State dismisses charge against woman accused of killing pet dog
BENNINGTON — The state has dismissed a felony charge against a woman accused of killing her pet dog following her argument that it was police who killed the animal.
The Bennington County State's Attorney's Office dismissed last month Joyce Cornell's charge of aggravated cruelty to an animal by causing undue pain.
Cornell, 46, of Sandgate, still faces another felony charge: aggravated cruelty to an animal by torture. It is punishable by up to five years in prison.
Authorities initially alleged that she killed her family's pet dog. Vermont State Police said they found the Great Dane on the Cornells' property on Dec. 26, hooked to a line and bleeding heavily.
Cornell told investigators that she'd shot the dog twice after it attacked her. Later that day, state police said they euthanized the dog at the suggestion of Second Chance Animal Center in Arlington, where the dog had been adopted.
In a court filing in June, Cornell asked the Vermont Superior Court to dismiss her charge of killing the dog. After being shot by Cornell, the Great Dane remained alive for at least six hours, the last three under the "exclusive control" of state police and the animal shelter, wrote defense attorney Rick Burgoon.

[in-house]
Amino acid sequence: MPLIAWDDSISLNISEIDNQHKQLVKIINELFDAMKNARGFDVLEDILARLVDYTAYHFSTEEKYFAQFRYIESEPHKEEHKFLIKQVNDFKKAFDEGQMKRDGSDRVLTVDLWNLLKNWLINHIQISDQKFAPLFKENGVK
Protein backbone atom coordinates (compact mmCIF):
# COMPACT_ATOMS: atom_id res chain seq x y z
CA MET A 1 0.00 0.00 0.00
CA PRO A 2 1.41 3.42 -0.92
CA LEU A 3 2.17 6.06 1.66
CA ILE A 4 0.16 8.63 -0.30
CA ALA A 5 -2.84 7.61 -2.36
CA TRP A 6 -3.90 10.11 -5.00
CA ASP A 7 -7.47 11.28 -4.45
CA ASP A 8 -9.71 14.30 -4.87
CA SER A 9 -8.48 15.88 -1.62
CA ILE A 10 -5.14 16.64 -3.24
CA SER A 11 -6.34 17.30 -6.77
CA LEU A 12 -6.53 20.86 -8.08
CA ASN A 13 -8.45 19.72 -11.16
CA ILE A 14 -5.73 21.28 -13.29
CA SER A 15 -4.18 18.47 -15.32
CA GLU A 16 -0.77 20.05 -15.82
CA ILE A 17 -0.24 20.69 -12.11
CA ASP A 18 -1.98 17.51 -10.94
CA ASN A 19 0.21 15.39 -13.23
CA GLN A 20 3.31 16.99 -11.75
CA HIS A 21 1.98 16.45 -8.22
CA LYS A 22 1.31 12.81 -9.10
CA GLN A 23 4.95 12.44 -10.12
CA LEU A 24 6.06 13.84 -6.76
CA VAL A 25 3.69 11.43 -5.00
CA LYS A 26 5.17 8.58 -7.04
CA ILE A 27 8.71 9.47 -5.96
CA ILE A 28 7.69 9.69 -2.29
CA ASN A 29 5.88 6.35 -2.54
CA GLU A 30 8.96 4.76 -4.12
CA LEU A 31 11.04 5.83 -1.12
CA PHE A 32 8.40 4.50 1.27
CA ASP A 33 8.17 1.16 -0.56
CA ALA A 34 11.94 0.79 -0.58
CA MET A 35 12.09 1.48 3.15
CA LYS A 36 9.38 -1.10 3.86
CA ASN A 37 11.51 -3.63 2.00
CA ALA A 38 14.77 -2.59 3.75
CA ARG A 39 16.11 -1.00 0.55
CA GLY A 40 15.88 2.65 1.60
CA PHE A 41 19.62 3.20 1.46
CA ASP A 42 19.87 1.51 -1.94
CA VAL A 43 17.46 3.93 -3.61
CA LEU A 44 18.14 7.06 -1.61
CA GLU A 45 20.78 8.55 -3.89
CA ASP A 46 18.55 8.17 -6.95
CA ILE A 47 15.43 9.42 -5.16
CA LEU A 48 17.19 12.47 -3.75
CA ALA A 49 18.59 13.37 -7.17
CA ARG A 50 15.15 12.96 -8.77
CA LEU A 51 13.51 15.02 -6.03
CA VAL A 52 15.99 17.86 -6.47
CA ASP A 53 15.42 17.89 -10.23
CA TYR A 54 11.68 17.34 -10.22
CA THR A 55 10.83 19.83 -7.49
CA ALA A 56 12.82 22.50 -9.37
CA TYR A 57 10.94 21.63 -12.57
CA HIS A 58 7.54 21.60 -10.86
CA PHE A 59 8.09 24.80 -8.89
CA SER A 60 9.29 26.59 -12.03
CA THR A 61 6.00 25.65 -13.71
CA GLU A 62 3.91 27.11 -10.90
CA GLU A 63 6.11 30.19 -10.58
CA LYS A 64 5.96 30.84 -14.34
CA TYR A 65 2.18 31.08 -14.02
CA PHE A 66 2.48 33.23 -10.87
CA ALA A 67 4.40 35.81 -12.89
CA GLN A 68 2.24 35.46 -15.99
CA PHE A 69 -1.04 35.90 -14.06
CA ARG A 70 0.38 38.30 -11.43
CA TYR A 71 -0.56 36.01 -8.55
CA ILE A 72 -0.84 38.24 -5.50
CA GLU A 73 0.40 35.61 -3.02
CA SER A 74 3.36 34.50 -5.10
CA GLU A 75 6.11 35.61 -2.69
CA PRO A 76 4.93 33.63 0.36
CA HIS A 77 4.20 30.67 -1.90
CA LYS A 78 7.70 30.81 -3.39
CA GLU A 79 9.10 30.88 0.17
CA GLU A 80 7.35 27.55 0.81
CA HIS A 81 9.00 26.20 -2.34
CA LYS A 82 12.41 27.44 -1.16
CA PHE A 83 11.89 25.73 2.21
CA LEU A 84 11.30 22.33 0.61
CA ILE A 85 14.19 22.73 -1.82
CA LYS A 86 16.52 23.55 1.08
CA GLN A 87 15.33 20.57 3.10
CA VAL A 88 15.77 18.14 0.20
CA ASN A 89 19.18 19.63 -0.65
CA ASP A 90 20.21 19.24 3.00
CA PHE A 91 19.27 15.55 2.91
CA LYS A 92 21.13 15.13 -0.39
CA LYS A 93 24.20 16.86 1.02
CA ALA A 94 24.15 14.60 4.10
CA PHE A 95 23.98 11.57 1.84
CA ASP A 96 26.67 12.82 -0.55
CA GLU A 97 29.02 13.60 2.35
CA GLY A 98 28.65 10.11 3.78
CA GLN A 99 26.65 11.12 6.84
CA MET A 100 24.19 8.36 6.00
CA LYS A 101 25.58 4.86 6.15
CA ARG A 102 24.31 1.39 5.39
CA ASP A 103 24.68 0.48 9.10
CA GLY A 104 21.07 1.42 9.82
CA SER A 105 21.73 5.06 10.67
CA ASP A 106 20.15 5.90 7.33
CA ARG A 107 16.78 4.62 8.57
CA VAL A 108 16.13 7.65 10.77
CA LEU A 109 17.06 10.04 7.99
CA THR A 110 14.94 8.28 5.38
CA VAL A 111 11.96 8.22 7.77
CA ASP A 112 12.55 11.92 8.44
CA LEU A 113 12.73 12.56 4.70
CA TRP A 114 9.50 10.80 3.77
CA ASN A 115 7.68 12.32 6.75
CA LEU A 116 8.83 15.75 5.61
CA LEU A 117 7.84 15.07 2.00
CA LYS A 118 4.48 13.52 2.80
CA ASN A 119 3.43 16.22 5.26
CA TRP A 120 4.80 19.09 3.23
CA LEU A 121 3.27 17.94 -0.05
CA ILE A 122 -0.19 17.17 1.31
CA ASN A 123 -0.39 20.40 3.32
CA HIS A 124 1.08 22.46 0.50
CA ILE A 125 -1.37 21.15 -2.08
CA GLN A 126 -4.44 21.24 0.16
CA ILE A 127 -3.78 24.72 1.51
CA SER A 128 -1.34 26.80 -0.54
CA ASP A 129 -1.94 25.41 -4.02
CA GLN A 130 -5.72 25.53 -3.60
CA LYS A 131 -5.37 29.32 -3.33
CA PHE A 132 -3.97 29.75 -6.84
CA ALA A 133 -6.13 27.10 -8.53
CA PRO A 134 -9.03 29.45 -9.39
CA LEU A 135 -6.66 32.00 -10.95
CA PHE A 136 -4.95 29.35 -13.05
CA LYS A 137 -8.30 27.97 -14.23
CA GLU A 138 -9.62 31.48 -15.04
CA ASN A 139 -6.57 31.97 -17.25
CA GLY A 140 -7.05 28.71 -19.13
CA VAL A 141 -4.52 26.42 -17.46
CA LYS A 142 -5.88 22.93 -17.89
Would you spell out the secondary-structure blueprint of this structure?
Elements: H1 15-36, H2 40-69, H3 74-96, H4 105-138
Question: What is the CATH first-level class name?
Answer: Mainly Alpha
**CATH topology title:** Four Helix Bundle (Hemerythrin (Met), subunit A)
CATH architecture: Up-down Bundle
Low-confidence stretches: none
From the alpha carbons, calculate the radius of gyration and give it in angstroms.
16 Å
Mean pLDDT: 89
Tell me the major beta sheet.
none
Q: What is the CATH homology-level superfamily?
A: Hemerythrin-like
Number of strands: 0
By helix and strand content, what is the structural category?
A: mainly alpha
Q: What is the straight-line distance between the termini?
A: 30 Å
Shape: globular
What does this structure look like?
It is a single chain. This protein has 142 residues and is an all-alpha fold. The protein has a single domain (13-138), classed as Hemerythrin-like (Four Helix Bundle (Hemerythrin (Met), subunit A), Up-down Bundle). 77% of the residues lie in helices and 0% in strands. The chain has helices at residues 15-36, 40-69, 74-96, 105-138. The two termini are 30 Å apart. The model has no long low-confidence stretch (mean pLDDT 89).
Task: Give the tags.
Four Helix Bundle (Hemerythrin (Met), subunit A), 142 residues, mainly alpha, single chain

"The uncontroverted facts make clear that she did not kill the animal," Burgoon said. "The undisputed facts establish that after being left to bleed for an additional three hours, law enforcement, under instructions from Second Chance, factually and legally killed the dog."
The lawyer said a state police sergeant, who euthanized the dog with three gunshots, has given a sworn statement that he'd put down the dog.
Deputy State's Attorney Alex Burke, who is prosecuting the case, dismissed the charge in a July 10 filing, according to court records.
Cornell had also asked the court to dismiss her other felony charge of torturing the animal, stating the dog had attacked her and that she'd shot the animal without evil intent to cause harm.
The state opposed the request for dismissal, saying Cornell intentionally shot the dog twice and left it to suffer from the gunshot wounds for several hours. The court scheduled a hearing Sept. 15 where both sides would present their arguments.
Cornell also is charged with a misdemeanor, giving false information to a law enforcement officer.
The criminal case against her husband, Scott Cornell, is also ongoing. He'd been charged with 20 counts of prohibited possession of a firearm after state police found nearly two dozen firearms at their home. Both are free from jail on bond.
Contact Tiffany Tan at email@example.com or @tiffgtan on Facebook and Twitter.
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